I strongly but respectively disagree with the previous advice. I do agree that you must choose a strategy that you are comfortable with. And I strongly disagree with how this perspective is presented although not with the conclusions, and not with the suggestion to choose a strategy that you are comfortable with. A few days ago I asked if anyone had seen a crash that lasted longer than 6 weeks. I guess I need to refine the point. Their hasn't been a crash or bear market that lasted longer than 7 1/2 weeks for 25 years. Thats a quarter of a century! What are the real risks here? If you're going to retire early, I hope you are planning on more than 25 years of retirement, in which case you should be prepared for that 25 year event, or even a 100 year event! In my case, I plan on following a strategy close to that recommended by ChuckONeil, but that is with the full knowledge that I'm likely to see at least one major bear market during retirement. I'll keep less than three months of living expenses in cash and the rest in stocks. When the market is good, I'll make a better profit on all my holdings, while during the bear markets I'll have to sell "at a loss." My expected return is higher that way, although variations will also be higher. I don't have a problem with that and I've planned my balances accordingly. More important, I'm psychologically ready to handle that major market downturn when it happens, which is a prerequisite for any financial strategy. Feel free to keep as much or as little in stocks as you are comfortable with, but give that number some serious thought. Don't dismiss the sort of event that only happens every 25-50 years, especially not for a retirement that should last 25-50 years.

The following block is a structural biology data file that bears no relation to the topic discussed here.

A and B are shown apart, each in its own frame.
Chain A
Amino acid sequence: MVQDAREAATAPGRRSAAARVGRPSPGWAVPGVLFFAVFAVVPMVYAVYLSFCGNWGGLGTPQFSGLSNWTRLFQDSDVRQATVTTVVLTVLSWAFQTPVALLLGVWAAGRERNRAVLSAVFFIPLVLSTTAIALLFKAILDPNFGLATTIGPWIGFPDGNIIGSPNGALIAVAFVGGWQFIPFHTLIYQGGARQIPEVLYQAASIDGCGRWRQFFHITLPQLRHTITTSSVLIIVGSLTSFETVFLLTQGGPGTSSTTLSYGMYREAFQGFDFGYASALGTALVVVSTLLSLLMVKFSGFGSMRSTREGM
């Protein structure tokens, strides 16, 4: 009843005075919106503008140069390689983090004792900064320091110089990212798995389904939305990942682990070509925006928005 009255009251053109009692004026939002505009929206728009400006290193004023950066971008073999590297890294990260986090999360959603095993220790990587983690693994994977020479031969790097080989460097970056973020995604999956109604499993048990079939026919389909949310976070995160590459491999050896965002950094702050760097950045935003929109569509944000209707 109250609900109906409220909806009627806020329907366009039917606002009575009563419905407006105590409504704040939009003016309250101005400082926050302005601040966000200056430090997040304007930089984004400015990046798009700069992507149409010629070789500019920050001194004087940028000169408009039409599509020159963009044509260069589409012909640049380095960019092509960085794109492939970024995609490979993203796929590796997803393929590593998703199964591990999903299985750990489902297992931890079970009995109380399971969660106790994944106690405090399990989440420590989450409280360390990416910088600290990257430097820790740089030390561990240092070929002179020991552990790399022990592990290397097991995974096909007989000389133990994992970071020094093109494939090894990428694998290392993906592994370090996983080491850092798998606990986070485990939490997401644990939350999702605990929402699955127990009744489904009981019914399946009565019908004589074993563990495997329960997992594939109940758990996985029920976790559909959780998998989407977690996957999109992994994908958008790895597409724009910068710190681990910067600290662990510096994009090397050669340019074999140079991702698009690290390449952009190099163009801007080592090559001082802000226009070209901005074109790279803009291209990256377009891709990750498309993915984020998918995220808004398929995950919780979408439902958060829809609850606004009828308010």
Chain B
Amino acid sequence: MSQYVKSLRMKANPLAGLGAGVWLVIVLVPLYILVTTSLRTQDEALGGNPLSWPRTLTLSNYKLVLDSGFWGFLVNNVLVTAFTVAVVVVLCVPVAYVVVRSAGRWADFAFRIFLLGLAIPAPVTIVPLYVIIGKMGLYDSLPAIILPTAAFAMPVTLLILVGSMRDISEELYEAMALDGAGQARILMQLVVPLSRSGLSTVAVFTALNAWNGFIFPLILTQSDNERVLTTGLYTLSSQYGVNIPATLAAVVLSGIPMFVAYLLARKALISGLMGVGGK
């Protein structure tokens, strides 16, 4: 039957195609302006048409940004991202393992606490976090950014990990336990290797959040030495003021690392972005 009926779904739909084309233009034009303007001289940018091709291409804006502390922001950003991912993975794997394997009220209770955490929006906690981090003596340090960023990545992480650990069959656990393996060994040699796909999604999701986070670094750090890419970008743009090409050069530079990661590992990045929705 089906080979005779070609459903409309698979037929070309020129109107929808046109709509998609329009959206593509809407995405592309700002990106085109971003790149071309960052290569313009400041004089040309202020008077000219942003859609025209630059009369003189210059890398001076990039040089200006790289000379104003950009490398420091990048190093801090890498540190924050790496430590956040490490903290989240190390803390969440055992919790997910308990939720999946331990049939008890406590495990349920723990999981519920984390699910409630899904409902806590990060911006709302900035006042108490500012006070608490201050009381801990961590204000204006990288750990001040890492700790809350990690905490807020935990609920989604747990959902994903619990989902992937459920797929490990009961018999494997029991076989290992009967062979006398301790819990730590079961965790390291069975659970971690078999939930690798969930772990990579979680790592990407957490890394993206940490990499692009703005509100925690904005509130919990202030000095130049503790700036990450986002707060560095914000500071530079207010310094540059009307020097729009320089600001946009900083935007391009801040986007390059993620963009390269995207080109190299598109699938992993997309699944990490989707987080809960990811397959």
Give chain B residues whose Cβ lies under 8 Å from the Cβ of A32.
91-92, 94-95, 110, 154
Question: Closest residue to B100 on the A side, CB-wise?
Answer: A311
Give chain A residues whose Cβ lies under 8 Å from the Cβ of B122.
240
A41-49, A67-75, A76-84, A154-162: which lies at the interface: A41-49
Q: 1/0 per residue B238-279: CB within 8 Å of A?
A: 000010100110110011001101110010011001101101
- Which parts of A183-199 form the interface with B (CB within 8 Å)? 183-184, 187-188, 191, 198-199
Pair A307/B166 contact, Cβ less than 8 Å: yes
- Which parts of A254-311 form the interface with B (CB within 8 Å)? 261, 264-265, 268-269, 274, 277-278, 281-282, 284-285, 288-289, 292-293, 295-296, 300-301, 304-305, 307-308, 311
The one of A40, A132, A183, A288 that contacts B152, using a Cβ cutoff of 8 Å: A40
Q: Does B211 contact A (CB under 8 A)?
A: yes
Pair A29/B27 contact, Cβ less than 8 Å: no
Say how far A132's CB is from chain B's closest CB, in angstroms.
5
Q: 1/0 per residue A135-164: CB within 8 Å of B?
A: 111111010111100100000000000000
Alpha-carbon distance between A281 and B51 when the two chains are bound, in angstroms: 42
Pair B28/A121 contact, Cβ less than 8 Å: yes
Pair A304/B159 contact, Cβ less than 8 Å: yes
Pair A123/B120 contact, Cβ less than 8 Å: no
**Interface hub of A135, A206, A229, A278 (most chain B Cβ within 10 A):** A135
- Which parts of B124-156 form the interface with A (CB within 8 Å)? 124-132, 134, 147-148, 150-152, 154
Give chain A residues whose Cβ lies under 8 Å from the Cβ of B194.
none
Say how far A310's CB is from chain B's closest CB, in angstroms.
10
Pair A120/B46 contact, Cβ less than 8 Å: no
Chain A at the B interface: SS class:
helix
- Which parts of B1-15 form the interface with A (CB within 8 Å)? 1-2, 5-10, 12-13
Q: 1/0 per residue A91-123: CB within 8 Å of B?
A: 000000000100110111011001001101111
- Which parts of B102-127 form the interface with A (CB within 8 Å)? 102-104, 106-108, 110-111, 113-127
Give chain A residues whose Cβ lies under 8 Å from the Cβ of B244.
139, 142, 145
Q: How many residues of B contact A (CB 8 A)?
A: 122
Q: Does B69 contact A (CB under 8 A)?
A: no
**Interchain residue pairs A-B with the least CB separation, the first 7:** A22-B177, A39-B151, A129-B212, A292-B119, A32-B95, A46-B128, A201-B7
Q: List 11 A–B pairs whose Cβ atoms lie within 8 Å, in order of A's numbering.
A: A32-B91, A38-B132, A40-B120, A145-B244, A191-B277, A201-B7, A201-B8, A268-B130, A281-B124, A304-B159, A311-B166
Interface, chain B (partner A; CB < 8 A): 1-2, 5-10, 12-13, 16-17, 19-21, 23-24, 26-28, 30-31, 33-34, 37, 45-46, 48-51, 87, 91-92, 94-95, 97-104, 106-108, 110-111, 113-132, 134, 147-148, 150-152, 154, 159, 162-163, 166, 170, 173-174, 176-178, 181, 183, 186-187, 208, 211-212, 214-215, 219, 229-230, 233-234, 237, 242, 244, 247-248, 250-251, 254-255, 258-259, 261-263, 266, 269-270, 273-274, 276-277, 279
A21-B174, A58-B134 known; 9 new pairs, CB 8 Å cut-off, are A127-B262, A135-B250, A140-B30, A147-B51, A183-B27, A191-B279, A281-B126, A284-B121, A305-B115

Best Of |
Favorites & Replies |
Start a New Board |
My Fool |
BATS data provided in real-time. NYSE, NASDAQ and NYSEMKT data delayed 15 minutes.
Real-Time prices provided by BATS. Market data provided by Interactive Data.
Company fundamental data provided by Morningstar. Earnings Estimates, Analyst Ra